If you haven’t heard, Google made changes to their search algorithm recently that apparently led to some pretty significant changes to search results. Interestingly, it appears to have had a positive effect on my presence – fuda.me now appears at the top of the Google search listing for my name (whereas previously, it was on page 2). This is a great thing for me, of course, but it isn’t without its downside.
Whilst it means I will hopefully see more hits to the site and blog from people who are intentionally seeking me out, over the past few days I’ve seen the number of “comments” submitted for approval on my blog posts sky-rocket. I say “comment”, because 100% of them have been spam with links to random places online, or sites like Facebook or YouTube.
It is times like these I’m glad WordPress gives me the option to approve posts when a user first comments on the site – thankfully it means I can prevent the spam from rearing its ugly head. Still, it’s just more proof that every benefit brings with it a cost, although in this case I’m happy with the net outcome.
I just saw an article on TechCrunch that pointed to a (seeingly well-rehearsed) Keynote delivered by Vic Gundotra, VP at Google, that argued why Android is going to be so important for the mobile world. He sold it well, I have to admit, but it got me thinking a little more about how most of use the Internet and connected devices, and what sort of implications his ‘ideal future’ may have for us.
I find it interesting that he talks about the device that would lead to a 1984 type situation. I think he misses something vital – that the device is ultimately only a gateway to the world as we know it now. There’s something to keep in mind here – Apple may (with the iPhone ecosystem) dictate what we can and can’t do with our mobile devices in terms of the Apps we can install and the functionality we can tap into as developers, and yes, you could argue this is draconian, particularly given the App store approval processes and other thing.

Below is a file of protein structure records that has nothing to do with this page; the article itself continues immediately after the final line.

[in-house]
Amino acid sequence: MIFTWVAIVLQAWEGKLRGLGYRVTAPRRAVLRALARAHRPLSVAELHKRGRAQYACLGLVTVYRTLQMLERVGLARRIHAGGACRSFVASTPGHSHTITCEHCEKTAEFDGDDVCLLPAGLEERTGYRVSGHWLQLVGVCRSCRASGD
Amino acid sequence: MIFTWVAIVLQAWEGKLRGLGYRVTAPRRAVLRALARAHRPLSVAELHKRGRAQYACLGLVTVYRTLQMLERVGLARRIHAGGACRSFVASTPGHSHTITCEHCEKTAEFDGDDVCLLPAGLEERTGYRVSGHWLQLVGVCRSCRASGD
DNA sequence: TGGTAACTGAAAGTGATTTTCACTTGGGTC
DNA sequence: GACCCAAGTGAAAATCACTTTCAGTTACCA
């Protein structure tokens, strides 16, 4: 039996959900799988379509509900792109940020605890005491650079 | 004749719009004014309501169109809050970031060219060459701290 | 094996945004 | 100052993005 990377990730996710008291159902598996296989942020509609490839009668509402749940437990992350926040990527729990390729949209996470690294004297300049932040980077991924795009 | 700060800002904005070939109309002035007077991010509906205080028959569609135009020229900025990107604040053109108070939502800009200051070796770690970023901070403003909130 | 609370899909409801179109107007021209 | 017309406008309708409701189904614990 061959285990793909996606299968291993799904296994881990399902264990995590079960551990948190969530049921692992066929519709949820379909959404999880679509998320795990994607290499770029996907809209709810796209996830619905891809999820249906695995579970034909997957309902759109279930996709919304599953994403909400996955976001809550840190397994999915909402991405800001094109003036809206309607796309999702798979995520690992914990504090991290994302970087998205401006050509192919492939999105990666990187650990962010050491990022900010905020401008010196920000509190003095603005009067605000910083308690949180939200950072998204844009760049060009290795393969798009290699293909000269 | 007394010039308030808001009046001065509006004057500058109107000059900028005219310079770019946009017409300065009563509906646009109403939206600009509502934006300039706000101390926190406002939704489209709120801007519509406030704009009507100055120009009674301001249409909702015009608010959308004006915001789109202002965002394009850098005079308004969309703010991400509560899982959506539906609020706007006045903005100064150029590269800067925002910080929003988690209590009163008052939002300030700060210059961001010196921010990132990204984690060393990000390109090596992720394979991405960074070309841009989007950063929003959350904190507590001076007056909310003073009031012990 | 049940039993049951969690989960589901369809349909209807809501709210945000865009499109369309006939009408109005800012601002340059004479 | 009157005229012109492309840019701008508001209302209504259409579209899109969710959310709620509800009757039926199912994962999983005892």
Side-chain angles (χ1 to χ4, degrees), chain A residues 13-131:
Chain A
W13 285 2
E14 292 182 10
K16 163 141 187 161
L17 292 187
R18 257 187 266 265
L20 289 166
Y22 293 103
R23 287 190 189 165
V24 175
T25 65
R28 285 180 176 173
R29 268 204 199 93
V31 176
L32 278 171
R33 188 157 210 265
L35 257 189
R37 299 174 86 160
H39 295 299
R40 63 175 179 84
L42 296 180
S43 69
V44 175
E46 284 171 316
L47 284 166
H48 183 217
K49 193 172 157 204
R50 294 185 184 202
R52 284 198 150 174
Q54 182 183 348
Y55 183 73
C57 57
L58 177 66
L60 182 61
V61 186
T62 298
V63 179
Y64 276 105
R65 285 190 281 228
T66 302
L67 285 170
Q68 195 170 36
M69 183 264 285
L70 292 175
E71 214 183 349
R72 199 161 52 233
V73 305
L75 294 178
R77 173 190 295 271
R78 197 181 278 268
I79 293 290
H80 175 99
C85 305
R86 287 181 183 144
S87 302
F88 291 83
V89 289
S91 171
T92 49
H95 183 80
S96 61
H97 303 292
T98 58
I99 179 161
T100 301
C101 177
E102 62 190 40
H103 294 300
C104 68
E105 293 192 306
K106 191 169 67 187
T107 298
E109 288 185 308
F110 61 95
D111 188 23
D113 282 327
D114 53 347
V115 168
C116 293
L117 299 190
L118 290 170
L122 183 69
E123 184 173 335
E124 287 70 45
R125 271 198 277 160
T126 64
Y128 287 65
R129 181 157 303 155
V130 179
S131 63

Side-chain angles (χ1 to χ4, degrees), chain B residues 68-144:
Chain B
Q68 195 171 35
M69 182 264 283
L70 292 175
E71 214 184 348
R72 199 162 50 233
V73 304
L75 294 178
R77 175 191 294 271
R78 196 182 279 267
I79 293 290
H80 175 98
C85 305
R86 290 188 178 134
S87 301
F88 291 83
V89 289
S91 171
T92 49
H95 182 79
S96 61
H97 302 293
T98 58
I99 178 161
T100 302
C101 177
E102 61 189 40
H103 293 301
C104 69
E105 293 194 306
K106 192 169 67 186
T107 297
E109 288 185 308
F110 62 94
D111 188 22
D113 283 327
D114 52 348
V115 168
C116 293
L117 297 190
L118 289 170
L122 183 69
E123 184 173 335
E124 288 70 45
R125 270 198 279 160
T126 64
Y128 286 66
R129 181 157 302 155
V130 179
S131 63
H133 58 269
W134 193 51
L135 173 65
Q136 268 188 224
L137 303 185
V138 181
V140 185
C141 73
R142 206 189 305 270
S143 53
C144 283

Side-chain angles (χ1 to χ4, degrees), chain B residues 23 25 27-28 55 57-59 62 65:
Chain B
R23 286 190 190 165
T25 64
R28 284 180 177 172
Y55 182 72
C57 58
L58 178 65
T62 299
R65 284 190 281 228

However, when you access the Internet, what do you and millions of others probably do when you’re looking for something? I’d say most people hit Google. And what determines the results that appear when you search the Internet? The Google search algorithm. So, ultimately, who has the power to dictate what information you are most likely to see when you use the Internet? Google. And with that information, and the information you give them through services such as Gmail and everything else Google build and encourage people to use, they can tweak that algorithm to present you with what they want you to see.
Android on every phone may make the device and applications you can use on it “free and open”, but it also gives them even more information about you and how you use the Internet. And, in this world, information is power. Just think – if we all had Android on our phones, and we all used Google to search the Internet, imagine the power the men at the top of Google would have over you. What if they decided that ‘not being evil’ wasn’t any fun anymore?
So it’s been ages since I’ve blogged (at least here – I’m a little more active on Twitter, but even then it’s been slow of late), but figured I’d throw a few comments out about my first impressions of Google Wave.
In a nutshell, it seems to me as if Wave is Google’s version of what email should have been, had the web been the web it is now when email was invented. It allows you to collaborate either synchronously or asynchronously with any number of people – I guess it’s a sort of social networking meets chat meets email meets blogging kind of space. I think it’s got real potential for changing the way we communicate, but before we get too excited about it, consider what we do now and how it might change the way we use other apps.
For example, replace Twitter followers with people in a Wave, and you’ve got the ability to not only micro blog (without the character limit), but also convert your micro blogs into conversation threads – something Twitter doesn’t really do well (though there are a number of Twitter apps that help with that).
I’ll wait until I’ve got a few more colleagues and friends using Wave before I make my judgement, but overall I think it’s the kind of thing I could grow to like using. I’ve always used email for communication – even now at work due to so many other techs being blocked (I can’t use Wave at work!) – so the ability to take the advantages of real-time communication and sharing and combine it with something that for most people should feel as simple as email is a real bonus.